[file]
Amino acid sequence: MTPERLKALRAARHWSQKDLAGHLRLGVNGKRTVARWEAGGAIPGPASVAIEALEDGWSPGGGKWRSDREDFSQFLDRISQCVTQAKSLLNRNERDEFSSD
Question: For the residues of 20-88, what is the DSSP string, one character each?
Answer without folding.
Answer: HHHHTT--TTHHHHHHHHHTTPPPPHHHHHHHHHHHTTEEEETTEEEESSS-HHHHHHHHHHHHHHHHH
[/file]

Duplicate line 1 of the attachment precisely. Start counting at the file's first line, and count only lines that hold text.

Amino acid sequence: MTPERLKALRAARHWSQKDLAGHLRLGVNGKRTVARWEAGGAIPGPASVAIEALEDGWSPGGGKWRSDREDFSQFLDRISQCVTQAKSLLNRNERDEFSSD